Warming up is an important part of playing and performing with your ‘ukulele. It gets the muscles in your fingers going so that you can hit notes better and nail a song. If you try playing a song without warming up and then one after warming up, the odds are that the song you warmed up for will be easier to play. Here are some warm-up exercises to get those fingers flyin’.
I think this is the most important warm-up. If you only have a few seconds to get ready to perform, I would recommend doing this.
- Hold one of your arms straight out in front of you with your fingers pointing to the sky in a “stop” position. Take your other hand and pull the tips of the “stop” fingers towards you so that you feel a stretch. Don’t pull your fingers too far, just to the “feel good” point. Beyond that and you are apt to hurt yourself. Repeat with your other hand.
- Hold your arm out in front again, this time with your thumb pointing towards the sky with your fingers curled in just a little – “thumbs up”. Pull the tip of your thumb towards you to the “feel good” point. Repeat with other hand.
Hold your baby:
I can’t remember who I heard this from, but they suggested just holding your ‘ukulele before you go onstage. This warms the wood up and gives the instrument a cozy feel. My guess would be that warm wood vibrates better. This might just be a “why does Grandma cut the ends off of the roast?” kind of thing, but I would rather play a warm ‘ukulele than cold.
The following is a short collection of finger exercises. Do each as SLOWLY as needed until you can get clean, consistent notes. If you struggle with timing then get out your metronome and play one note per click (or two or three or four per click). The goal is quality, not quantity. Speed will come with time if you work at getting your fingers coordinated first.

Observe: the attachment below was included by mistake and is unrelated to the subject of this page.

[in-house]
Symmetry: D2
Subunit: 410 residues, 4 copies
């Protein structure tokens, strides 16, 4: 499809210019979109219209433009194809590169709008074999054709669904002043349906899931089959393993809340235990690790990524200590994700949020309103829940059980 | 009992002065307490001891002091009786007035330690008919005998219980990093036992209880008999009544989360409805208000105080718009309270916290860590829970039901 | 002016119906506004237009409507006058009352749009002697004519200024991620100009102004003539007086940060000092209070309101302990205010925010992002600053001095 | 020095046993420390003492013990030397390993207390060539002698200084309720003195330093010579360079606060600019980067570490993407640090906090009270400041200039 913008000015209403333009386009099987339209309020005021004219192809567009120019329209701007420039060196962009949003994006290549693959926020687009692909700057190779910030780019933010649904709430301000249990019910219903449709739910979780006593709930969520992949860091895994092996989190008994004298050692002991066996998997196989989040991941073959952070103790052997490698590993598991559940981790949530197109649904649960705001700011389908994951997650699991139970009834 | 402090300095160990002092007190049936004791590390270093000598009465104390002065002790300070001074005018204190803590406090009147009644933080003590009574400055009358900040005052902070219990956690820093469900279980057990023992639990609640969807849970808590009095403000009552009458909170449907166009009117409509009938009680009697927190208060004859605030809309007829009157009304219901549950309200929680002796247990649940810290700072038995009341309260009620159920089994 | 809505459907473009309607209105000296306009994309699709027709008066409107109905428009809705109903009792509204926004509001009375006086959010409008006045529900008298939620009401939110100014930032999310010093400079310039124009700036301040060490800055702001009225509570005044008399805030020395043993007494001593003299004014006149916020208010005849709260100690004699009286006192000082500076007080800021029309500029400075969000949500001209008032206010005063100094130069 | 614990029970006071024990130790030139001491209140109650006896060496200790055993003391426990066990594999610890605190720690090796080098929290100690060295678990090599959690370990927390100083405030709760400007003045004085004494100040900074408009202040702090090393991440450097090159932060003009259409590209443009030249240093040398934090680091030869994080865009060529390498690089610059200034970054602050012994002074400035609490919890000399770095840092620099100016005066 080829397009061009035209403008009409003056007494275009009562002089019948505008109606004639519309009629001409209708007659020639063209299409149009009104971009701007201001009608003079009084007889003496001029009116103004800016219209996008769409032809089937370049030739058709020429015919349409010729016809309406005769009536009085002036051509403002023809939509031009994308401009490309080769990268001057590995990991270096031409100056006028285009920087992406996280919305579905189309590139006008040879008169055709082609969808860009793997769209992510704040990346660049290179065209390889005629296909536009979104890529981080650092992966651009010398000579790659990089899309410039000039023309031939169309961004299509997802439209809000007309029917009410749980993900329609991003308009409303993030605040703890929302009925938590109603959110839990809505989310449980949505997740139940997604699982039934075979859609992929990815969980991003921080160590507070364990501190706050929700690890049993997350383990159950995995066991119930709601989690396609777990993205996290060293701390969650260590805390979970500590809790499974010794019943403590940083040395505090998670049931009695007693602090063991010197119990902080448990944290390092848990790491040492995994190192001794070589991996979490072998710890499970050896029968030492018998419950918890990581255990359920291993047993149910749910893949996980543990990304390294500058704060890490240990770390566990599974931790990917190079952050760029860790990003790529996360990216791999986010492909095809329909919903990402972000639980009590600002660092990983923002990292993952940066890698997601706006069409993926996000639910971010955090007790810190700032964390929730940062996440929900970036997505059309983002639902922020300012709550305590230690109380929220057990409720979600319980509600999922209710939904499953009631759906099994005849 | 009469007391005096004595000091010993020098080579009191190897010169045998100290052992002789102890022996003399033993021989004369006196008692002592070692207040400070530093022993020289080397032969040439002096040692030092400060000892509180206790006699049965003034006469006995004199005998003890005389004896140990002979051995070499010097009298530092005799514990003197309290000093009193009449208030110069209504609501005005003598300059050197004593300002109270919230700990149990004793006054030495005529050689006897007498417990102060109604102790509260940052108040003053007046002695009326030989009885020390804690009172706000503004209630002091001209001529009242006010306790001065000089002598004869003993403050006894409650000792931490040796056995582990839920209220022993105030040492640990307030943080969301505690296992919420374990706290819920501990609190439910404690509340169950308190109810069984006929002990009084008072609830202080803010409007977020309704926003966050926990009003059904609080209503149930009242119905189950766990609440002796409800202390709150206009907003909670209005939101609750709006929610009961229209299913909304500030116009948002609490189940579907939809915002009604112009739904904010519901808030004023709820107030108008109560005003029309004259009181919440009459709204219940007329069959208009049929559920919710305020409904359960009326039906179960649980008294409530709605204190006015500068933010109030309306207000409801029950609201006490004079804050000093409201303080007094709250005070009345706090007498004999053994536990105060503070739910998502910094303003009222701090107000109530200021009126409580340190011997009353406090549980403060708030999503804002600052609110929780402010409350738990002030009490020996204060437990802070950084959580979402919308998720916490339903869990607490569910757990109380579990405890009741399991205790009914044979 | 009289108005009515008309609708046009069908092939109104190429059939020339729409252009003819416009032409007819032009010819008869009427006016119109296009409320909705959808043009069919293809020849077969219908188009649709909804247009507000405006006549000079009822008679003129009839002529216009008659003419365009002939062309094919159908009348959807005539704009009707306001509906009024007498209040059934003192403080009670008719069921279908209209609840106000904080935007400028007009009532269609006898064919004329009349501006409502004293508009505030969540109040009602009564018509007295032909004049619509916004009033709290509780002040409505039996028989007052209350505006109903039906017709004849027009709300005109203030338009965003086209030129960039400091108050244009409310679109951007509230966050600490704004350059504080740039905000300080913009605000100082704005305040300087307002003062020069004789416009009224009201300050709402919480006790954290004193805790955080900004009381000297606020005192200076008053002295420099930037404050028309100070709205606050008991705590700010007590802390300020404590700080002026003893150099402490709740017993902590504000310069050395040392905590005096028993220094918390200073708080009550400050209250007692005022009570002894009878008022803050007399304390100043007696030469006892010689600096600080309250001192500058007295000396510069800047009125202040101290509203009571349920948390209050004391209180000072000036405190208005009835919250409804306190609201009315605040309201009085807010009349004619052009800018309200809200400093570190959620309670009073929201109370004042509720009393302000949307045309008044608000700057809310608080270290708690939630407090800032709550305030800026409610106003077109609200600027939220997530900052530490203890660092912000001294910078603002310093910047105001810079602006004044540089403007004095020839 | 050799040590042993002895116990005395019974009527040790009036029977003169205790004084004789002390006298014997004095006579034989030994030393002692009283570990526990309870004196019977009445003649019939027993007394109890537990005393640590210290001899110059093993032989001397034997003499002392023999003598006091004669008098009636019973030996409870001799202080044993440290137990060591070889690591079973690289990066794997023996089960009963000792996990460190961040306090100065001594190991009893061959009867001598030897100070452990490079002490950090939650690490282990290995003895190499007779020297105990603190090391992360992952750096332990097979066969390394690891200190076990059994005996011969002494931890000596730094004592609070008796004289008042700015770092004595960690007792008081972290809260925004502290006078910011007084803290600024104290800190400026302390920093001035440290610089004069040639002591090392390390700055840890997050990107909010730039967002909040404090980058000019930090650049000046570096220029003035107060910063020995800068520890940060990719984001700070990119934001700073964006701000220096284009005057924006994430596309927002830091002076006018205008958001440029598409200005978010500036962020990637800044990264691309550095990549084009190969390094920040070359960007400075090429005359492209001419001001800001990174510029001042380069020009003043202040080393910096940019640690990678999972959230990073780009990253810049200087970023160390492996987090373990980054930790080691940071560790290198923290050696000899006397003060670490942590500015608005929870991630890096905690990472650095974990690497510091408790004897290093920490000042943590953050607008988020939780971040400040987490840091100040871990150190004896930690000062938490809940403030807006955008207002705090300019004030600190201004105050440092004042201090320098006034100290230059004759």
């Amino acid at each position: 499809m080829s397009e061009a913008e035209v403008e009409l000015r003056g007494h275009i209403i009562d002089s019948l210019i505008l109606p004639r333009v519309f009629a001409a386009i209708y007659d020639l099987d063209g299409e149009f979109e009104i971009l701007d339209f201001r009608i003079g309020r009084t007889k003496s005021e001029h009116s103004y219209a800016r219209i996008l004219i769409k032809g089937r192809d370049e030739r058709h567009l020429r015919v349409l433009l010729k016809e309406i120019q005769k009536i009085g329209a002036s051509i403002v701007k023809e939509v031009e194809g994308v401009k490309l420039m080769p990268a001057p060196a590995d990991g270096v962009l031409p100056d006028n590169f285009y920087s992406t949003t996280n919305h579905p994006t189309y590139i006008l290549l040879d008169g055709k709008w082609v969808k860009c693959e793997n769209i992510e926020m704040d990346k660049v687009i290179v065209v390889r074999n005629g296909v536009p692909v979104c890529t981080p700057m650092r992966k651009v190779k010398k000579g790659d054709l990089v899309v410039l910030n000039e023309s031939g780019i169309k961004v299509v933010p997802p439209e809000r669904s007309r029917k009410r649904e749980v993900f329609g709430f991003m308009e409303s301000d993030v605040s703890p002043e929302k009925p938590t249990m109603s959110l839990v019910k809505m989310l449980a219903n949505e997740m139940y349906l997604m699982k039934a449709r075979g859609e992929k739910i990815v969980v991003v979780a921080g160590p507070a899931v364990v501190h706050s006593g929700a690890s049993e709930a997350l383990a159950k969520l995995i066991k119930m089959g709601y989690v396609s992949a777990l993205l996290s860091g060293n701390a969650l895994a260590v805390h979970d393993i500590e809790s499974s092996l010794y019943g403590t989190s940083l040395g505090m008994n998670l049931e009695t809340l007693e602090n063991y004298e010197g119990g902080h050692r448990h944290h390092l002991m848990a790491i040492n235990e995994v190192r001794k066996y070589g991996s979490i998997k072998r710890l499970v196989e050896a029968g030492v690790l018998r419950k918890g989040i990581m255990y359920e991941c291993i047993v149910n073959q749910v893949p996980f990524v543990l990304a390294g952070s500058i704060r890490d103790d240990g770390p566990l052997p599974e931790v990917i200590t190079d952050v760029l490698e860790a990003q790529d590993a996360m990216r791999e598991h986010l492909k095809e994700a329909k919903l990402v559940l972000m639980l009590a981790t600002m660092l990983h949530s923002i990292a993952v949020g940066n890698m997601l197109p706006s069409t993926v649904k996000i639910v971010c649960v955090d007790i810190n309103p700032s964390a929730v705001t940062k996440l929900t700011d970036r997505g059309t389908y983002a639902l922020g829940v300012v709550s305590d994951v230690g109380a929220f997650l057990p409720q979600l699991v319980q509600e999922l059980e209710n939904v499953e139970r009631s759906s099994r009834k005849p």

Here is a tab of the examples. More detailed directions are provided below.
Joe Satriani’s Diagonal Chord Relay:
This is the first mindless warm-up I’ll present. It takes a while for your fingers to get used to that shape, but that’s why it’s a warm-up. Here it is in tab:
Joe says: “I used to tell my students ‘strum, mute, switch’ when they were doing this – the idea being that after you strum the first chord, your strumming hand mutes the strings before you lift your fretting fingers and switch to the next chord” ~ Guitar Player February 2008.
C scale box:
I personally like this one because it actually sounds like something close to music. The idea is that you take the C major scale, play it open, then move the shape up one fret so that your index finger works as the “nut”, and move it up again, and again… Once you run out of fretboard you can work your way back down. As you improve at this you will get faster and it works as a speed exercise too. A way to change this exercise up and make it harder is to use alternating fingers to pick: thumb, index, thumb, index – all the way through.
Here is the last mindless warm-up before I pass the torch to you. The chromatic ukulele warm-up is a great exercise to get your fingers moving independently. It strays from being an exact chromatic scale because some notes are doubled, but the name works. One finger per fret, work your way across the strings, move it up the fretboard if you like.
I’ve shared my warm-ups with you, now please feel free to share yours with us!